I’m reporting from the U.S. epicenter of the pandemic, New York City — Brooklyn, to be exact. I feel like I am in a terrifying Stephen King novel with no end. The streets are eerily deserted and spookily quiet. I have a view of the Brooklyn Bridge out my window — the walkway, always packed with tourists and commuters, is empty. And my hands are sore from washing them to protect me and everyone from this invisible enemy.

Yet, I am grateful. I wake up every morning expressing my thanks for making it through another day unscathed. And I send wishes of strength for those who have been directly touched.

And with all of the mounds of advice out there for how to retain your equanimity under these circumstances, I want to offer up one additional strategy: listening to audiobooks, and particularly listening to those that will take you out of your world and actually make you laugh.

This has proven particularly useful for me living in an apartment in NYC. Those familiar with New York City living arrangements know that we live in small spaces which have shrunk considerably with the number of people and number of waking hours we are now spending at home. When my husband, the news junkie, has the radio or TV on in all rooms listening to the latest updates that aren’t updates at all, I can tune out with my earphones in place. Sometimes when the world is too much for me, it’s the best medicine.

Here are some audiobooks that might be just what you need to bring a little light into these dark days:

Written Out (Permanent Press) by Howard Mittlemark earned narrator John Rubenstein an AudioFile Earphones Award. The laugh-out-loud dark comedy’s protagonist, Roger Olivetti, is an editor/writer whose personal and professional lives unravel. Rubenstein (who also narrates one of my favorite series — Jonathan Kellerman’s Alex Delaware books) is in perfect pace with the author’s comic timing. Not easy for a narrator to pull off. | Read Review

In remembrance of the prolific author M.C. Beaton, who passed away in January 2020 at age 83, I invite you to enjoy Beating About the Bush (Minotaur Books), narrated by Penelope Keith. This, the 30th book in the Agatha Raisin series, is a funny and engaging listen. And if you enjoy it, you have 29 additional books in the series to go back to. The series takes place in the surprisingly deadly English countryside that we have come to love and be wary of in all of the British mystery series we have been binging. | Read Review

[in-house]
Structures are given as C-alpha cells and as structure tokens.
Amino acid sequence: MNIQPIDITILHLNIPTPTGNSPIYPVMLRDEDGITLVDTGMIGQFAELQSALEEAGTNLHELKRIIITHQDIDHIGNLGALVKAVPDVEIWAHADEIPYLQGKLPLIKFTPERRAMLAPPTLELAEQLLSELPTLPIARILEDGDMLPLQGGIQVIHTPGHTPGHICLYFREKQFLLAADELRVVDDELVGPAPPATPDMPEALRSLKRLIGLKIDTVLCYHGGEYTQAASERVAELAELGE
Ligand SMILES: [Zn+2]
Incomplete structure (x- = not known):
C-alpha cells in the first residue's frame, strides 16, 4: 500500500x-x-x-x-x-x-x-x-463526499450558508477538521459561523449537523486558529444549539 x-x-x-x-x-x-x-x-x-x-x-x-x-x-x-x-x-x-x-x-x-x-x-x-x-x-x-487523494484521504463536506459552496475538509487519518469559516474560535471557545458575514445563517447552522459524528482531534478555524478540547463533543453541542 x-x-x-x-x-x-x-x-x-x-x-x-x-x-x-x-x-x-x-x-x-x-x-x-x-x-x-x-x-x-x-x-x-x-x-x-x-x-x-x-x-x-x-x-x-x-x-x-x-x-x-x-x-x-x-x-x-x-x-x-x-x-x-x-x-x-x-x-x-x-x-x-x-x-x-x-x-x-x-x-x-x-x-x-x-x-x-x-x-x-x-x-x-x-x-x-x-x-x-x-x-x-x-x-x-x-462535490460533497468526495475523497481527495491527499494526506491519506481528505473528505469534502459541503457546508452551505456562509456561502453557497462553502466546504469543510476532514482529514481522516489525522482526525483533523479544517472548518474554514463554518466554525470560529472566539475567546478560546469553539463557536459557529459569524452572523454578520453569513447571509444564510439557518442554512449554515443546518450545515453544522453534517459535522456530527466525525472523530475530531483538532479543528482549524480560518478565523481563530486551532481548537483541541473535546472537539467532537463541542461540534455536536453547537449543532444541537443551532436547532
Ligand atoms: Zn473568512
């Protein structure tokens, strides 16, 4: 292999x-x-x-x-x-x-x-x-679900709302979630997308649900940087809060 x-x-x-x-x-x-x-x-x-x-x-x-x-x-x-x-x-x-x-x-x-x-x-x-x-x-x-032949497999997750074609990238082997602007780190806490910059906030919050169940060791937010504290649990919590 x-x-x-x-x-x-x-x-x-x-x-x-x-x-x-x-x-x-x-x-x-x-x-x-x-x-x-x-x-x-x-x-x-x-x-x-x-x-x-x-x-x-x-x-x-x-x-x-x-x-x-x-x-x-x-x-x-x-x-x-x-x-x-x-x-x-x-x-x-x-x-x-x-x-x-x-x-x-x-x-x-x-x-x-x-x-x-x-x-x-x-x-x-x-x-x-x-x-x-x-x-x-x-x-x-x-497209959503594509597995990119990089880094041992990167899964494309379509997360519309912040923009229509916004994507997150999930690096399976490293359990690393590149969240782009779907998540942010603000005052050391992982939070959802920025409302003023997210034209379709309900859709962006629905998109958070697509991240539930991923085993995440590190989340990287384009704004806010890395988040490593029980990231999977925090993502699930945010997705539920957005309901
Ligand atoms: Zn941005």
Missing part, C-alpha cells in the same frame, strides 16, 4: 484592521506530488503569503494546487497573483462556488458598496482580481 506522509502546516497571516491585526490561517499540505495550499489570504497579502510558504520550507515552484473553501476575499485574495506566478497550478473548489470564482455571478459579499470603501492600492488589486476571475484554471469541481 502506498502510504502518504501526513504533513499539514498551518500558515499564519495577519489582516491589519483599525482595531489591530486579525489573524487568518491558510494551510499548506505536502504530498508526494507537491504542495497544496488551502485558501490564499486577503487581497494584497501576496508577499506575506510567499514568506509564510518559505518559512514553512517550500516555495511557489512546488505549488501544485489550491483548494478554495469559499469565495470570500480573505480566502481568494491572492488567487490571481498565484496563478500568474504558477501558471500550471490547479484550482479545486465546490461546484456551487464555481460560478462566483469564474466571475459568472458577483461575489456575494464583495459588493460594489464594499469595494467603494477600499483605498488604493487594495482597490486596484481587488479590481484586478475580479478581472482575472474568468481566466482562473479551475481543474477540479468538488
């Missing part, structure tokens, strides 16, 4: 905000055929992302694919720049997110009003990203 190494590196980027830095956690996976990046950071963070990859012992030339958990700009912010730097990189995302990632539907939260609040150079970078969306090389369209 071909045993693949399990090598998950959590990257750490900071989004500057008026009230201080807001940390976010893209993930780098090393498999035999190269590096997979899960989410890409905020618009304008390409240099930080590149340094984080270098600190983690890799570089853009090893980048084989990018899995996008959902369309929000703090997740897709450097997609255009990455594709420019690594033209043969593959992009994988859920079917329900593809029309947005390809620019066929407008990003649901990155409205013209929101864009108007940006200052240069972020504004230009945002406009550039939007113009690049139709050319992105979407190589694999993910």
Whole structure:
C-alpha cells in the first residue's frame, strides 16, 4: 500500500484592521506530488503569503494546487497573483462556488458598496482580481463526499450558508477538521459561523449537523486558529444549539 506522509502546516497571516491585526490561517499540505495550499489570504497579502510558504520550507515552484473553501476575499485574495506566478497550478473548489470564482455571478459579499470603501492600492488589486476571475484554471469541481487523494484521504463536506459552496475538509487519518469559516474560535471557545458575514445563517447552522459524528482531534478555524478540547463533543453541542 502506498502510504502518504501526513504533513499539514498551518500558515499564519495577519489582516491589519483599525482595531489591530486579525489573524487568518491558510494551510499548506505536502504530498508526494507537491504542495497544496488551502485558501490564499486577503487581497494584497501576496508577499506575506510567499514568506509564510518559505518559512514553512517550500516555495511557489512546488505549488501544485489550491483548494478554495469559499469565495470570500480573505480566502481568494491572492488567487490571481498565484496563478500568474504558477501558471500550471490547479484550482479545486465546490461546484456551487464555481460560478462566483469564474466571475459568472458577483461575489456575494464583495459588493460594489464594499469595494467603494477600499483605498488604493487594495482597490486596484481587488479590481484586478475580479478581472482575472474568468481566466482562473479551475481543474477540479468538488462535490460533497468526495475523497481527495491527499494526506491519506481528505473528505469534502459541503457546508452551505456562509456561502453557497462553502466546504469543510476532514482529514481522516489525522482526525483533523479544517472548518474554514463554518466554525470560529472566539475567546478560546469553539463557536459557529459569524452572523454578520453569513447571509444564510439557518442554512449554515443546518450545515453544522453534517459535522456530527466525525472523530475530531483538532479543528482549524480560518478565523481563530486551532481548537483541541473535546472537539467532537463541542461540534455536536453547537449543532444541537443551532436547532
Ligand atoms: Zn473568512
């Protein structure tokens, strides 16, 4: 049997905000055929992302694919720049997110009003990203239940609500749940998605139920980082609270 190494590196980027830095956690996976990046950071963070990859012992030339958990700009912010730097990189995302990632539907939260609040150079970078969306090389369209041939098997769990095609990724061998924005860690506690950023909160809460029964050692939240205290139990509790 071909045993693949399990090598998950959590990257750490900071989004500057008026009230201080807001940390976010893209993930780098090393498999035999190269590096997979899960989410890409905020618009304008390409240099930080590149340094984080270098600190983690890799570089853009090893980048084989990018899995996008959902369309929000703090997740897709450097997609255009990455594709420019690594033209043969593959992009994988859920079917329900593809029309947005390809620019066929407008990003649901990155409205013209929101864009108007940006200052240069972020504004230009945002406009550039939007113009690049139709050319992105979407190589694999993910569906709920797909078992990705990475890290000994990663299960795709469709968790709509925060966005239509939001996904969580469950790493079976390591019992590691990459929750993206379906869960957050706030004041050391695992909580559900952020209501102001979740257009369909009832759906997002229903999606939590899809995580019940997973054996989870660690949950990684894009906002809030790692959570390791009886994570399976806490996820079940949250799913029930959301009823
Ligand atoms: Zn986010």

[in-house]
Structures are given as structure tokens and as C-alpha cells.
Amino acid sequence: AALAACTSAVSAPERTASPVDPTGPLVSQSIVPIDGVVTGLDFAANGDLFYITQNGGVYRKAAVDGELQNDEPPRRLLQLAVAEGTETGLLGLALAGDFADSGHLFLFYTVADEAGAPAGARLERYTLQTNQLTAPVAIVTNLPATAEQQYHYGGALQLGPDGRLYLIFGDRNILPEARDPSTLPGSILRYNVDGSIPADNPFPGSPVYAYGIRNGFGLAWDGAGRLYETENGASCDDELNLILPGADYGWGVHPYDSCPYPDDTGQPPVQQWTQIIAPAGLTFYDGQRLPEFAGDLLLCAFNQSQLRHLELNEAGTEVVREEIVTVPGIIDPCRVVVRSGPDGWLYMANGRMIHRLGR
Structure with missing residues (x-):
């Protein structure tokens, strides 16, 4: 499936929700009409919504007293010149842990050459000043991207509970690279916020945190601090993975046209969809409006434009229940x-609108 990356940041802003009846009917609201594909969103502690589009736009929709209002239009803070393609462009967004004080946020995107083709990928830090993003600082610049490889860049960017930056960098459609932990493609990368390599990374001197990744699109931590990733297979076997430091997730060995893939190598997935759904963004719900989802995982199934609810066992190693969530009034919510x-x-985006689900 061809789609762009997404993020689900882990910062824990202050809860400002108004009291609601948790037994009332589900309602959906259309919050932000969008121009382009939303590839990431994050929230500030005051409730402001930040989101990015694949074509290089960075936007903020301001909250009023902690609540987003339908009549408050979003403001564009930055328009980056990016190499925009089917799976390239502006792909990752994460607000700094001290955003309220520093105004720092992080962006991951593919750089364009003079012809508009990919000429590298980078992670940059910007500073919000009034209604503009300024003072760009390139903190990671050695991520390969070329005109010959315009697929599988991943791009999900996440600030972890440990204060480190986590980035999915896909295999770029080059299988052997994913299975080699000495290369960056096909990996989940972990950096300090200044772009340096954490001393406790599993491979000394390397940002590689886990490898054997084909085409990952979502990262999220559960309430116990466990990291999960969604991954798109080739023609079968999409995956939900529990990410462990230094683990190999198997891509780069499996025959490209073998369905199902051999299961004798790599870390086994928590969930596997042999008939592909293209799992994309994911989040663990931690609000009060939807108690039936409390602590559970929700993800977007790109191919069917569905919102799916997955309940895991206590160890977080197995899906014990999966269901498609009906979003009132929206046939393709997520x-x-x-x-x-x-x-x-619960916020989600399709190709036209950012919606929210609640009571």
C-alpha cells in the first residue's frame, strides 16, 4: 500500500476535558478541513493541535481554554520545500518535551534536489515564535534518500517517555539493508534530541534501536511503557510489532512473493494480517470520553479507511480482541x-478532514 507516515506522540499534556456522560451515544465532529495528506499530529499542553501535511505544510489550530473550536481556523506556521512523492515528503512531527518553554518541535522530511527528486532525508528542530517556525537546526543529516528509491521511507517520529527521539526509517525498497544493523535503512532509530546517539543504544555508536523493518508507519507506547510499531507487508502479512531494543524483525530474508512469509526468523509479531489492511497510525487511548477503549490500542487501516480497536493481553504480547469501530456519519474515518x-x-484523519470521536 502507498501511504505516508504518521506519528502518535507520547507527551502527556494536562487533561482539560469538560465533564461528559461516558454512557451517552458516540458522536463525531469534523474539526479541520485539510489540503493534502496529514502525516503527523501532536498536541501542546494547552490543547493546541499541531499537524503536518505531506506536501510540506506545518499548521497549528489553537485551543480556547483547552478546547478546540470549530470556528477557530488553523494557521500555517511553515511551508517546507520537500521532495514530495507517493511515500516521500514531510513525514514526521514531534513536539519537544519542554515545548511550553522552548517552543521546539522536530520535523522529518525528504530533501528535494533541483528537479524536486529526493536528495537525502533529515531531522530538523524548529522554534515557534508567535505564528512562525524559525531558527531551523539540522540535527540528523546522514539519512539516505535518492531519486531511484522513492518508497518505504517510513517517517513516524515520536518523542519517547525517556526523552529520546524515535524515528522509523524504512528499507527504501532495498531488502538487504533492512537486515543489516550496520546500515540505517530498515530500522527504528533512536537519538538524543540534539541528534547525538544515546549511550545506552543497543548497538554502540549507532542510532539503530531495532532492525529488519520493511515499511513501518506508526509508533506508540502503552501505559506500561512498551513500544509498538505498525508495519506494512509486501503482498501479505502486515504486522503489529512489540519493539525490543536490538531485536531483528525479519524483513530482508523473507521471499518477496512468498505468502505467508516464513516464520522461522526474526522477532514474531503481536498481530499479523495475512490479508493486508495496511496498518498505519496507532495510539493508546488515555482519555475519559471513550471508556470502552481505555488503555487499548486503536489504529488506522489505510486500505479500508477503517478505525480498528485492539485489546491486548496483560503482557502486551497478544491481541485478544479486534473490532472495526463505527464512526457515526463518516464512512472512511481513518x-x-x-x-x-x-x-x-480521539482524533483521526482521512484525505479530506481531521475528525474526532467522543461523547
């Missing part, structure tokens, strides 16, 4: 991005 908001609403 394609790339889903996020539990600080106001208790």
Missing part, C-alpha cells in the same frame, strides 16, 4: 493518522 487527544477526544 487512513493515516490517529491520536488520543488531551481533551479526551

Coming back to the U.S. and to the Sunshine State, I recommend Salt River (G.P. Putnam’s Sons), book 26 in Randy Wayne White’s Doc Ford Series. Golden Voice George Guidall brings all his many talents to the series. This latest entry focuses on Tomlinson, one of Doc Ford’s buddies. A highly intelligent and often stoned eccentric, Tomlinson is usually the source of comic relief in the action-packed plots. Focusing on Tomlinson’s newfound fatherhood provides a lot of opportunity for levity. George Guidall’s voice in my ears while I am washing my hands for twenty seconds for the twentieth time is very comforting. | Read Review

And back to my neck of the woods — you might enjoy The K Team (Minotaur Books) by David Rosenfelt, narrated by Fred Berman and set in New Jersey. This is the first in a new series that builds on several characters from Rosenfelt’s Andy Carpenter series. It also carries forward Rosenfelt’s sarcastic, sharp wit and his love of dogs. | Read Review

Friends and fellow listeners, I urge you to stay at home, stay safe and find ways to find sparks of light in all this craziness.

This story appears through BookTrib’s partnership with AudioFile. It first appeared on AudioFile’s website.